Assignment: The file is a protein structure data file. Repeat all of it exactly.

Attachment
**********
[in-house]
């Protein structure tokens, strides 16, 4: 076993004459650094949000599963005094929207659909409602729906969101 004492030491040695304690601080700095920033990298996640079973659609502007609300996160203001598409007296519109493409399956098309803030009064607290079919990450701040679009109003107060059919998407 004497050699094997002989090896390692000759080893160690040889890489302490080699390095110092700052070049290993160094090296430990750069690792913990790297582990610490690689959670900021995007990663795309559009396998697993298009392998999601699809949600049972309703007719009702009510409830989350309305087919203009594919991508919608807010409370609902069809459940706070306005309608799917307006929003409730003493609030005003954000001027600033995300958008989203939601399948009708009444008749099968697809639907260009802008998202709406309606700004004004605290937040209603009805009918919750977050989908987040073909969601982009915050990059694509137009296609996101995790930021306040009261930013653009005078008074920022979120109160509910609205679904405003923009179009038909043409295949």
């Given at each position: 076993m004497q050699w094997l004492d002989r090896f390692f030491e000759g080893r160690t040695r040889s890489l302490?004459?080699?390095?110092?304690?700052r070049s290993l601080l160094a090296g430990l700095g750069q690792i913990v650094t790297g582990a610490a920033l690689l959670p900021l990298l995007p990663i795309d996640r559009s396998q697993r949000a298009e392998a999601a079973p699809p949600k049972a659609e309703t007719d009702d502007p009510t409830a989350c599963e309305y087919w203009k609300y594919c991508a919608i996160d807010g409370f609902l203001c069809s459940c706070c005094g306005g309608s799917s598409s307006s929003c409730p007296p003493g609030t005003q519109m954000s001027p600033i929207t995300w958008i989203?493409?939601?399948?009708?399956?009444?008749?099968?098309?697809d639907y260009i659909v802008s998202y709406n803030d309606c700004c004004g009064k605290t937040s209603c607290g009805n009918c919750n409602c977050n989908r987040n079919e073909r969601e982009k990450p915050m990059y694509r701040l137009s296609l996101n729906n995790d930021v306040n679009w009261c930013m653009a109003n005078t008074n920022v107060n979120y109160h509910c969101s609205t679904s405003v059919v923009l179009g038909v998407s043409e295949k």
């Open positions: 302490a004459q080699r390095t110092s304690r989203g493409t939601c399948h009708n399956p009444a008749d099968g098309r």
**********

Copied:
[in-house]
């Protein structure tokens, strides 16, 4: 076993004459650094949000599963005094929207659909409602729906969101 004492030491040695304690601080700095920033990298996640079973659609502007609300996160203001598409007296519109493409399956098309803030009064607290079919990450701040679009109003107060059919998407 004497050699094997002989090896390692000759080893160690040889890489302490080699390095110092700052070049290993160094090296430990750069690792913990790297582990610490690689959670900021995007990663795309559009396998697993298009392998999601699809949600049972309703007719009702009510409830989350309305087919203009594919991508919608807010409370609902069809459940706070306005309608799917307006929003409730003493609030005003954000001027600033995300958008989203939601399948009708009444008749099968697809639907260009802008998202709406309606700004004004605290937040209603009805009918919750977050989908987040073909969601982009915050990059694509137009296609996101995790930021306040009261930013653009005078008074920022979120109160509910609205679904405003923009179009038909043409295949």
């Given at each position: 076993m004497q050699w094997l004492d002989r090896f390692f030491e000759g080893r160690t040695r040889s890489l302490?004459?080699?390095?110092?304690?700052r070049s290993l601080l160094a090296g430990l700095g750069q690792i913990v650094t790297g582990a610490a920033l690689l959670p900021l990298l995007p990663i795309d996640r559009s396998q697993r949000a298009e392998a999601a079973p699809p949600k049972a659609e309703t007719d009702d502007p009510t409830a989350c599963e309305y087919w203009k609300y594919c991508a919608i996160d807010g409370f609902l203001c069809s459940c706070c005094g306005g309608s799917s598409s307006s929003c409730p007296p003493g609030t005003q519109m954000s001027p600033i929207t995300w958008i989203?493409?939601?399948?009708?399956?009444?008749?099968?098309?697809d639907y260009i659909v802008s998202y709406n803030d309606c700004c004004g009064k605290t937040s209603c607290g009805n009918c919750n409602c977050n989908r987040n079919e073909r969601e982009k990450p915050m990059y694509r701040l137009s296609l996101n729906n995790d930021v306040n679009w009261c930013m653009a109003n005078t008074n920022v107060n979120y109160h509910c969101s609205t679904s405003v059919v923009l179009g038909v998407s043409e295949k």
């Open positions: 302490a004459q080699r390095t110092s304690r989203g493409t939601c399948h009708n399956p009444a008749d099968g098309r």